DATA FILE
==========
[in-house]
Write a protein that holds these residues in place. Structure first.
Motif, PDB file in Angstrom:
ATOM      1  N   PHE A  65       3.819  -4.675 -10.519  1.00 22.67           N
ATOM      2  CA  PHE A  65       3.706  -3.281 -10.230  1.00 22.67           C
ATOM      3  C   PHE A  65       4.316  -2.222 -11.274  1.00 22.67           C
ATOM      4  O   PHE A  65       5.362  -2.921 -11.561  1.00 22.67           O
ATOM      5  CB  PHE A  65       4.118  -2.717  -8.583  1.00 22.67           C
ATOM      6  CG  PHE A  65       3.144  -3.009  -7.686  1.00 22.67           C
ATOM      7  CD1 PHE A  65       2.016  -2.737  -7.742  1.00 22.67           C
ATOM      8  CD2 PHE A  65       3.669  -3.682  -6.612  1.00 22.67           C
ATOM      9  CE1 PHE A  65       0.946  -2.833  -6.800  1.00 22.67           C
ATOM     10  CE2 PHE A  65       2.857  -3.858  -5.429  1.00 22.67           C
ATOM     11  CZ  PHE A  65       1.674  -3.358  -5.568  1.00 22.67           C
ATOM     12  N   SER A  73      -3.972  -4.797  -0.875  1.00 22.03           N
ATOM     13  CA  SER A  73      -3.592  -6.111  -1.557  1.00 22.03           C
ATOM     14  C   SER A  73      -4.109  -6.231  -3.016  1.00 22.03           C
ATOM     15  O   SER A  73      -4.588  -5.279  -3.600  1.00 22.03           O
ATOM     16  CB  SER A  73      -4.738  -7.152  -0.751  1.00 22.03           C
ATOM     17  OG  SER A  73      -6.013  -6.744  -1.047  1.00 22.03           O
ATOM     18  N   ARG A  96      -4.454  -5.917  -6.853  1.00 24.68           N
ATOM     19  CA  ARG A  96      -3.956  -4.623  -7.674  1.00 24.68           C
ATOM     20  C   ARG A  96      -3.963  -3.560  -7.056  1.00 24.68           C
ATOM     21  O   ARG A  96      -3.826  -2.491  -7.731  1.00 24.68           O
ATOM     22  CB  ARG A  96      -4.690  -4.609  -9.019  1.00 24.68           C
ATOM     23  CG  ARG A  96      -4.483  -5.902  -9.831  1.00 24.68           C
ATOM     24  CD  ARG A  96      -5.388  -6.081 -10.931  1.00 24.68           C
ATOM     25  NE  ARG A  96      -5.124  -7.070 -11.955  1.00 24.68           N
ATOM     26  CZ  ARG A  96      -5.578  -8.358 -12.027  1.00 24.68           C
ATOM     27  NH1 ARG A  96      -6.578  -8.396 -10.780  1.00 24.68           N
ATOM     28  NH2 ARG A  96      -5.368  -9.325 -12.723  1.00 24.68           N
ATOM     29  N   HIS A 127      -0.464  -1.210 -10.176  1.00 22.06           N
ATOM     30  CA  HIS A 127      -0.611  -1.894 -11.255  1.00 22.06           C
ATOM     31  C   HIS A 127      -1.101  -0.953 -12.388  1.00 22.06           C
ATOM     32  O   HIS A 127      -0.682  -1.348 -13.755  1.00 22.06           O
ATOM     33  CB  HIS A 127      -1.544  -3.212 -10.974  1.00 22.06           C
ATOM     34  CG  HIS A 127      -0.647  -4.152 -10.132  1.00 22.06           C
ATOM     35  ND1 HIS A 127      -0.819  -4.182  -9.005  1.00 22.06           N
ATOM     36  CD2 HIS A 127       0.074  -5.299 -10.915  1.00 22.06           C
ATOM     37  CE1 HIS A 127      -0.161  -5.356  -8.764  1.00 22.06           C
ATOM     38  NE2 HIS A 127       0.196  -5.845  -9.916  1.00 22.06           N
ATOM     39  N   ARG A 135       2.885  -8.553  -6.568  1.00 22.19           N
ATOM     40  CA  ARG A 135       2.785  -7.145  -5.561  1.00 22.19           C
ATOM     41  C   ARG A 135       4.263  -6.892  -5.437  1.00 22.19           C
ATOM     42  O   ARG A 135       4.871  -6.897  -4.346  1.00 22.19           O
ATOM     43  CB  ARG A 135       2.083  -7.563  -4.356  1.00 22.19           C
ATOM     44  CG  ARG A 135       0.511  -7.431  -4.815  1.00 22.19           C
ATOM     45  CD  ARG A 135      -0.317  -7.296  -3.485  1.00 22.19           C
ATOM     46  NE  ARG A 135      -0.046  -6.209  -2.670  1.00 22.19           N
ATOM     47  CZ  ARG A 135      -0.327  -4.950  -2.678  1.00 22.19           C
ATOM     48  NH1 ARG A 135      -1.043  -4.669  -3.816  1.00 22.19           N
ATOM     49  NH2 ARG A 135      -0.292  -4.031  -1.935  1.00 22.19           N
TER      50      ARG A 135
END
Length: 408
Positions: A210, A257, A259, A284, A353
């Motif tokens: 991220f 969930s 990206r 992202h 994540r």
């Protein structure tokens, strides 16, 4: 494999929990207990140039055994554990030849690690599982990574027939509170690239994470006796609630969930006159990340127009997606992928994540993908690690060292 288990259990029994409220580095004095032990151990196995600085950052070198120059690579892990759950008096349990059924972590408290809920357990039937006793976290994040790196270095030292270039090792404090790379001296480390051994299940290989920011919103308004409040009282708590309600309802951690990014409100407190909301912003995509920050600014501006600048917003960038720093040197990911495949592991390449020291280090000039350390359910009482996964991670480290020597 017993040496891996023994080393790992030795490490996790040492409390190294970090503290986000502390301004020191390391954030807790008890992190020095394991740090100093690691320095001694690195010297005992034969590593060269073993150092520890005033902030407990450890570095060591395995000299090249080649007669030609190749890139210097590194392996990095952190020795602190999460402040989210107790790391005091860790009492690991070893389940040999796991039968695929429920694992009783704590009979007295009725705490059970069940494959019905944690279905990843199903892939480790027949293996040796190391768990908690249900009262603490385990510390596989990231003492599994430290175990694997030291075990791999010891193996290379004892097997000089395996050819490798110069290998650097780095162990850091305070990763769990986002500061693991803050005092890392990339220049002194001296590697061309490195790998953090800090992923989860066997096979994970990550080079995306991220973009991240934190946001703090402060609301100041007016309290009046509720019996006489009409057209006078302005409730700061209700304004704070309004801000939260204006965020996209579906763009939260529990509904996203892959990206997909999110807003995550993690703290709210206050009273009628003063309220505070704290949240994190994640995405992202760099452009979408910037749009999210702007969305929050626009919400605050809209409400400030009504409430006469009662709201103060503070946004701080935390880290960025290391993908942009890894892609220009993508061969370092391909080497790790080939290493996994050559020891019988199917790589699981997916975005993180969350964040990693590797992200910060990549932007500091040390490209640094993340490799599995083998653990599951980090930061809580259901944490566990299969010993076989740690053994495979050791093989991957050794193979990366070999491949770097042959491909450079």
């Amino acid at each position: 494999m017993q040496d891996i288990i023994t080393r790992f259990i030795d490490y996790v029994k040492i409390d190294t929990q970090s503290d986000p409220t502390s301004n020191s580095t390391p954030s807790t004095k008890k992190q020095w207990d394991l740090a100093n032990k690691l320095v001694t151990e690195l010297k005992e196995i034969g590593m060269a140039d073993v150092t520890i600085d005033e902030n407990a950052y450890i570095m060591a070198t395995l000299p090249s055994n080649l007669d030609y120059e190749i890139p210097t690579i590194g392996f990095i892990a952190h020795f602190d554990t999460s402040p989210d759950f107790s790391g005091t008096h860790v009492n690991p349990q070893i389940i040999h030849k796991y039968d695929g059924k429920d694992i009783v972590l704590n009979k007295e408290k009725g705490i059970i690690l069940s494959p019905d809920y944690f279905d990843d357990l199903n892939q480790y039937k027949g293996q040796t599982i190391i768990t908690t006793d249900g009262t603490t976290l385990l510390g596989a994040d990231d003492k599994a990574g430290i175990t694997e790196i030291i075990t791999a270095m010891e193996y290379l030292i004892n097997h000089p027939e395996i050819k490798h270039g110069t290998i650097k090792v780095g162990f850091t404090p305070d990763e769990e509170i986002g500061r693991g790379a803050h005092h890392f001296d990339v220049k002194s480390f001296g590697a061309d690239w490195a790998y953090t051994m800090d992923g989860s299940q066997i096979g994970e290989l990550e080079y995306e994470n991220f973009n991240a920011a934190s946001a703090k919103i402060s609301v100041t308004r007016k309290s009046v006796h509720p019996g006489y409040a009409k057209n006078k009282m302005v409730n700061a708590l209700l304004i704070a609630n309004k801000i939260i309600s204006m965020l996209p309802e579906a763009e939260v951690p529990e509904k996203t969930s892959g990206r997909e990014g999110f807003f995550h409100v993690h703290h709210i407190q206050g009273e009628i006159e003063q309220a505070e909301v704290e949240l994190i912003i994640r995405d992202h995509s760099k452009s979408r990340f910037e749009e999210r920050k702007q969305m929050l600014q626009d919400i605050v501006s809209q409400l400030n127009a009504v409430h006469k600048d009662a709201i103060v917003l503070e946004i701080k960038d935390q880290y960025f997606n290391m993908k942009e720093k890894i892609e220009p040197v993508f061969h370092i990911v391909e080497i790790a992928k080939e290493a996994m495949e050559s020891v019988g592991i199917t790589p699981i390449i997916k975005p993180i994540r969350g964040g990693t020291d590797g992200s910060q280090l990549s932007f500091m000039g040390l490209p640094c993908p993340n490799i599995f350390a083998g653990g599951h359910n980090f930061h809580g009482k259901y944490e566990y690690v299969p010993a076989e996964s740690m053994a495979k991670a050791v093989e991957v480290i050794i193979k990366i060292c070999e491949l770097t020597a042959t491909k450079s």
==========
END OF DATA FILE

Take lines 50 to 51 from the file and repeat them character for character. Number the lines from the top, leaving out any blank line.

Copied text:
ATOM     47  CZ  ARG A 135      -0.327  -4.950  -2.678  1.00 22.19           C
ATOM     48  NH1 ARG A 135      -1.043  -4.669  -3.816  1.00 22.19           N